Kellner believes that a crisis of critical theory emerged with its fragmentation after World War II. Social theory stopped developing despite some empirical research projects and sustained meta-theoretical analyses be certain of its members, especially Adorno (Kellner, 1989). He believes that critical theory provides the most advanced theoretical perspectives within contemporary social theory from the 1930’s through the early 1960’s; new socio-cultural developments since then have rendered obsolete some of its theses concerning on-dimensional society, the media, technology, and so on. In particular, critical theory has not continued to theorize new technologies, new developments in the media, changes in socialization practices, and new cultural developments. This is surprising as earlier contributions were precisely in these areas (Wiggershaus, 1986).

Adorno did a great deal of work in social theory in the 1950’s and 1960’s, as well as turning out an incredible profusion of texts in the areas of literary criticism, cultural critique, philosophy, and aesthetics. His work turned from supra-disciplinary research to philosophical reflections (Kellner, 1989). Herbert Marcuse argued that Marxism had degenerated into a rigid orthodoxy and needed concrete experience to revivify the theory and that it neglected individual’s problems. He was concerned about individual liberation and well-being in addition to social transformation. The intentions of his writings were of great interest, yet many were unpublished and unknown (Kellner, 1984).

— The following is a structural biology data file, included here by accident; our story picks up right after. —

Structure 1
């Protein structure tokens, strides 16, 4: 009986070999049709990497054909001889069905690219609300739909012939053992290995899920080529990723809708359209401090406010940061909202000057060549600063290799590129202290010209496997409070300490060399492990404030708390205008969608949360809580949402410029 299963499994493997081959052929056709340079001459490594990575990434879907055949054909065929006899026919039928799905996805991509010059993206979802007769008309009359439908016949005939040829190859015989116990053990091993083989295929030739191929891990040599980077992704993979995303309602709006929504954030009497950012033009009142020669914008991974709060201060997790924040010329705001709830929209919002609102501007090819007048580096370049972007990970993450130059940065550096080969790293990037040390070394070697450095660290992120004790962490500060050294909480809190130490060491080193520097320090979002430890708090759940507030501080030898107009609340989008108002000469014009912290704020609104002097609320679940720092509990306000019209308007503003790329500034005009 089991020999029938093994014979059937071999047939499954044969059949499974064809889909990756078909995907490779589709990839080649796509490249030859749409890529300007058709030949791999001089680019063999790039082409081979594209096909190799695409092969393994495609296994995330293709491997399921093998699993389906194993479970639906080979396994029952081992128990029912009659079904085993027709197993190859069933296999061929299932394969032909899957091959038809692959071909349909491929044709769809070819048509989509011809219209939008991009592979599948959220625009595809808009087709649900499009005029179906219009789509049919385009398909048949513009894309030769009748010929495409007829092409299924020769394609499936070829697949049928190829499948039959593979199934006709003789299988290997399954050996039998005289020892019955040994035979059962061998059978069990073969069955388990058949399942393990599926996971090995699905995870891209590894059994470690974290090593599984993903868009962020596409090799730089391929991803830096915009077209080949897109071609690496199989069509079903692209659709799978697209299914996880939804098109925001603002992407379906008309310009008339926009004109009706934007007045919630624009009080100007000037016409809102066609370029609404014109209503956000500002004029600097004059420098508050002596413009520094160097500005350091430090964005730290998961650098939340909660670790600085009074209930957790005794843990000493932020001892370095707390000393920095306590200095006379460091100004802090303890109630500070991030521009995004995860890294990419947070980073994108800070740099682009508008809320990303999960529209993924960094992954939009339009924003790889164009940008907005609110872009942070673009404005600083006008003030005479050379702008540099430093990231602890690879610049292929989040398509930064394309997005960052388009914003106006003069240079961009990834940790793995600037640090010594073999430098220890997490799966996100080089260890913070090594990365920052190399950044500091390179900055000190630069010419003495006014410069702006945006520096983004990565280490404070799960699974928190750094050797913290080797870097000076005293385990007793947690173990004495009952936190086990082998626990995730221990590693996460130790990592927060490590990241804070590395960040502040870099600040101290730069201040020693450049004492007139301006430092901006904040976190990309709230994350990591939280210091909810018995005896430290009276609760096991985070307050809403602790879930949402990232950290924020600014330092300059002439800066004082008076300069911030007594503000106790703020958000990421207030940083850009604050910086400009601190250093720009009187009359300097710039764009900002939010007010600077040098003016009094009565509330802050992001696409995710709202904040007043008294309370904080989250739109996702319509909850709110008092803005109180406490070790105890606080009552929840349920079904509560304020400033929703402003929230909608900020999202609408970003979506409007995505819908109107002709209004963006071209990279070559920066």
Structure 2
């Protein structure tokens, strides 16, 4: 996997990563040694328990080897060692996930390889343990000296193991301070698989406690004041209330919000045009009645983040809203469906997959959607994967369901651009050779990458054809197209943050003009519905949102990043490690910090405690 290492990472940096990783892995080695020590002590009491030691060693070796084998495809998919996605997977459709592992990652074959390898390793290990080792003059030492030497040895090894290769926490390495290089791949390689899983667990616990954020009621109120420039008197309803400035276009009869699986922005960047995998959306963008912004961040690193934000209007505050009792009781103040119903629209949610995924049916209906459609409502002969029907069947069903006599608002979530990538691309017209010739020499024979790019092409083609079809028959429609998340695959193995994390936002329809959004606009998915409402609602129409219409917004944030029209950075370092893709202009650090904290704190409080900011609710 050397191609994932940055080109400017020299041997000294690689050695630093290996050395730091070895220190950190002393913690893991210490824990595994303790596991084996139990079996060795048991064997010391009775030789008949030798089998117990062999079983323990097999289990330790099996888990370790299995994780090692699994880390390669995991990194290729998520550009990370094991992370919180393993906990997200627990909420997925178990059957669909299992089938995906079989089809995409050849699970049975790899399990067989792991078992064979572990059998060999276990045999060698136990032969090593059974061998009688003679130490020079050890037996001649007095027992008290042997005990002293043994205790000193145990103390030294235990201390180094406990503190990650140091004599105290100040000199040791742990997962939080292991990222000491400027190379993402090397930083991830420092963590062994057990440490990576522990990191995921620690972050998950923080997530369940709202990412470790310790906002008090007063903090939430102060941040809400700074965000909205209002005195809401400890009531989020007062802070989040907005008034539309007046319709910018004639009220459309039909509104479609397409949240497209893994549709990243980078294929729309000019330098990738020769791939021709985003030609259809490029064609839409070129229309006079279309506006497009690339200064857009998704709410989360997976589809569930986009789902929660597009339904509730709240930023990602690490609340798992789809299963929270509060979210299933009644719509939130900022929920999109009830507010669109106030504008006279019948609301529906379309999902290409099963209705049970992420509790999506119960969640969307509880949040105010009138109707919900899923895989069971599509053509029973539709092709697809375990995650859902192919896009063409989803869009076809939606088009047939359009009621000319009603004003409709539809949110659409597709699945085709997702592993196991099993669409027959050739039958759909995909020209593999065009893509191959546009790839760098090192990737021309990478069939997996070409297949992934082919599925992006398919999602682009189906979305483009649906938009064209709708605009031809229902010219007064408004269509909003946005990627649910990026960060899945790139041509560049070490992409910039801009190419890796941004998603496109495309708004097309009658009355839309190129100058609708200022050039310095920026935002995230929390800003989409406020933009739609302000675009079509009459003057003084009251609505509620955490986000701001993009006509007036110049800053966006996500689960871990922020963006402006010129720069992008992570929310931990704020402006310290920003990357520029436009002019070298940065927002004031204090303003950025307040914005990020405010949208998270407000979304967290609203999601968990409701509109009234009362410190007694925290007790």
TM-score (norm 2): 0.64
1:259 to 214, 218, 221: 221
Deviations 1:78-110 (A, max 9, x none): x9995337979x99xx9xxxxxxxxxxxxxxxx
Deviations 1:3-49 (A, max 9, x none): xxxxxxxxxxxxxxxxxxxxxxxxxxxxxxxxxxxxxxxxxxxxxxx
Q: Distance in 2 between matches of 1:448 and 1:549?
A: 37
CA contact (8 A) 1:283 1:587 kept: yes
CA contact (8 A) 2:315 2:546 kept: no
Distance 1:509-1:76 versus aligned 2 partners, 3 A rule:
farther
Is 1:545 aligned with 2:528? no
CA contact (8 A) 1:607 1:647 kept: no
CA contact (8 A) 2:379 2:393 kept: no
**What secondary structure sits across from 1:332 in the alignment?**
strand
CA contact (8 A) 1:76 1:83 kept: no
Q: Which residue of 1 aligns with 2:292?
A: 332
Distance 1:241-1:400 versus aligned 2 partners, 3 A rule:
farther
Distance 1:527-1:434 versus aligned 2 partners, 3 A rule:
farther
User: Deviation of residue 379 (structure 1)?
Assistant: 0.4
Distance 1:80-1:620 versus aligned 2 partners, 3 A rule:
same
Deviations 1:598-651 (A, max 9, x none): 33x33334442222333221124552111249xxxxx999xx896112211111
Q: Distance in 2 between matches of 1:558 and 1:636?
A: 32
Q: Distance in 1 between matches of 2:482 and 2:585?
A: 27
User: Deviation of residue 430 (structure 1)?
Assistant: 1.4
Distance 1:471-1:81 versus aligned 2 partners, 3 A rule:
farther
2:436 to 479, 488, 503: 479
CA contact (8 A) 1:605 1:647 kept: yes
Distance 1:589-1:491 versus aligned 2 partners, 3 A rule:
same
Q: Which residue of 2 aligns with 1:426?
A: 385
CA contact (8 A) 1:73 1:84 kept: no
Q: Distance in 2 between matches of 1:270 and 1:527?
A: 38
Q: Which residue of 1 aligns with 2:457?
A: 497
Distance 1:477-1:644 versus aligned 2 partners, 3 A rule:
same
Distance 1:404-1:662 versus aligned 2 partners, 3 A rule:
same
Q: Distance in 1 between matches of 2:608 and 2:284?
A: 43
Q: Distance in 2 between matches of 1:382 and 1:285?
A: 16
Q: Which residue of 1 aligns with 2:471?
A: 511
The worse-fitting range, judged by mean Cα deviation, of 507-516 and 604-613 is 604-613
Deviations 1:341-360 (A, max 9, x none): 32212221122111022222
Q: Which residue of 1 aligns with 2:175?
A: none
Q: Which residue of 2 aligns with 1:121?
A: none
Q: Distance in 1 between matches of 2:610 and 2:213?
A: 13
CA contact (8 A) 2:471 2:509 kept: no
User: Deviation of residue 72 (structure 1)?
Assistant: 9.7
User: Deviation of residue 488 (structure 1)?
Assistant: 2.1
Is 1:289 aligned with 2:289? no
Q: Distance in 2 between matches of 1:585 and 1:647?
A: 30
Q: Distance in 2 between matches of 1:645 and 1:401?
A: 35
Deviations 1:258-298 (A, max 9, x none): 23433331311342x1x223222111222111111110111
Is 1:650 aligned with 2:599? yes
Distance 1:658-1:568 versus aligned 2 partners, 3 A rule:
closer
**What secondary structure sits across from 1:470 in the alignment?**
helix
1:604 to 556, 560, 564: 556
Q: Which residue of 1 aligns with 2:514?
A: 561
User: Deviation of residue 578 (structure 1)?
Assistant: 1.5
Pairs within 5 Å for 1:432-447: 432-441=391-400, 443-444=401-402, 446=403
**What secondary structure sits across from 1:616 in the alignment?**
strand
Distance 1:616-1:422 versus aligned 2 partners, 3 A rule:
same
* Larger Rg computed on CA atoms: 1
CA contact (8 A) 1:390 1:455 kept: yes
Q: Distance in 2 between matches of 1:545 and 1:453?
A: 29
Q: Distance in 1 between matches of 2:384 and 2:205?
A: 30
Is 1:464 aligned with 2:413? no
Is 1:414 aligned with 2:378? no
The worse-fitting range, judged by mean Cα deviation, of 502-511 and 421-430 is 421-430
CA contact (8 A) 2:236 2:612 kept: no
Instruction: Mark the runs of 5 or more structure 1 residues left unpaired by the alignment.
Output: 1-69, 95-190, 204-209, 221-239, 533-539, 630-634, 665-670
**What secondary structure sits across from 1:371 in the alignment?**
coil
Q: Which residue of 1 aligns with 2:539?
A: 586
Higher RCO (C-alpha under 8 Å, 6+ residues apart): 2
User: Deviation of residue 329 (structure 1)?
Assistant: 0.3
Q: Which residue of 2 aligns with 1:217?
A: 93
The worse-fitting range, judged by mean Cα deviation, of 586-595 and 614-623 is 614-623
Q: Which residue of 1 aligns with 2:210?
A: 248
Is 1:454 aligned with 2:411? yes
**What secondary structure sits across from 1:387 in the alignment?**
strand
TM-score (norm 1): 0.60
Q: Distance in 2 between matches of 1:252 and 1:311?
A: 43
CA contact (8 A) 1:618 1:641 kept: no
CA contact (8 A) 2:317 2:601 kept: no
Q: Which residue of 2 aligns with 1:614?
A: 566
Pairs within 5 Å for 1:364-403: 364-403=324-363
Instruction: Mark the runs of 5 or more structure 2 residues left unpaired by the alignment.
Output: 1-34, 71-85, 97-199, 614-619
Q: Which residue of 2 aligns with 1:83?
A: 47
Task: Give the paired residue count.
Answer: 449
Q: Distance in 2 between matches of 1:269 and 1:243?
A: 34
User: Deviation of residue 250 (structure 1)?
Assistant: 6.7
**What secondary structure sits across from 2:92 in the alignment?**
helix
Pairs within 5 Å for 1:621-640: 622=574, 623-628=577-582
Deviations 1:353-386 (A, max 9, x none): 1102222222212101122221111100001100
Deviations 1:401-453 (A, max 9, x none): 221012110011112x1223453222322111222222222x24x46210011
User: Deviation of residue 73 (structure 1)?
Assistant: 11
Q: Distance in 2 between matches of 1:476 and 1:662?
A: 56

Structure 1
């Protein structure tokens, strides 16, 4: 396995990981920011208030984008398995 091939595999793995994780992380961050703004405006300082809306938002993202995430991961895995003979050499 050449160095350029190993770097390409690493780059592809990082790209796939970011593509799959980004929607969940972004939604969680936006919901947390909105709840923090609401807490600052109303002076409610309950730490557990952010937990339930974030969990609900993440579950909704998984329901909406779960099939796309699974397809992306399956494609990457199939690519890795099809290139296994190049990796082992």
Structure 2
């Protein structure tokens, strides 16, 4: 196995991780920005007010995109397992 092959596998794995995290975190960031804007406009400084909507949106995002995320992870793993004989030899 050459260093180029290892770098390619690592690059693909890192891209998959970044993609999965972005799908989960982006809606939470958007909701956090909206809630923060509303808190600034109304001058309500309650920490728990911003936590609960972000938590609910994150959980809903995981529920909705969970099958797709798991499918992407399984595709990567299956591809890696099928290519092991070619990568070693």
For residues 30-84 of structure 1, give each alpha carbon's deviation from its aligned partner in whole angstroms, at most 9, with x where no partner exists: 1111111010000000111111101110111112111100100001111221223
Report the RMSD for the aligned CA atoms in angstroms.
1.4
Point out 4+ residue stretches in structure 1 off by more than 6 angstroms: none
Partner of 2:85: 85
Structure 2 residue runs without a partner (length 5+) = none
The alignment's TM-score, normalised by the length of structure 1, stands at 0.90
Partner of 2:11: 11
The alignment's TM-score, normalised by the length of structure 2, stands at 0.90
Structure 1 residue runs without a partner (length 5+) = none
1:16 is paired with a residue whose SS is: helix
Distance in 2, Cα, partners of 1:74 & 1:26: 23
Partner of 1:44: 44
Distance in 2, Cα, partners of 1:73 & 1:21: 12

The theory of hegemony by Antonio Gramsci reserves a place for the intellectuals in society. Men find themselves born in a process independent of their will, they cannot control it, they can seek only to understand it and guide their actions accordingly was noted to be economic determination by Marx. Gramsci was concerned to eradicate economic determinism to develop its explanatory power with respect to super-structural institutions. His holdings were that class struggle must always involve ideas and ideologies, ideas that would make the revolution and also that would prevent it. He stressed the role performed by human agency in historical change: economic crises by themselves would not subvert capitalism. He was more “dialectic” than “deterministic”: he tried to build a theory which recognized the autonomy, independence and importance of culture and ideology (Strinati, 1995).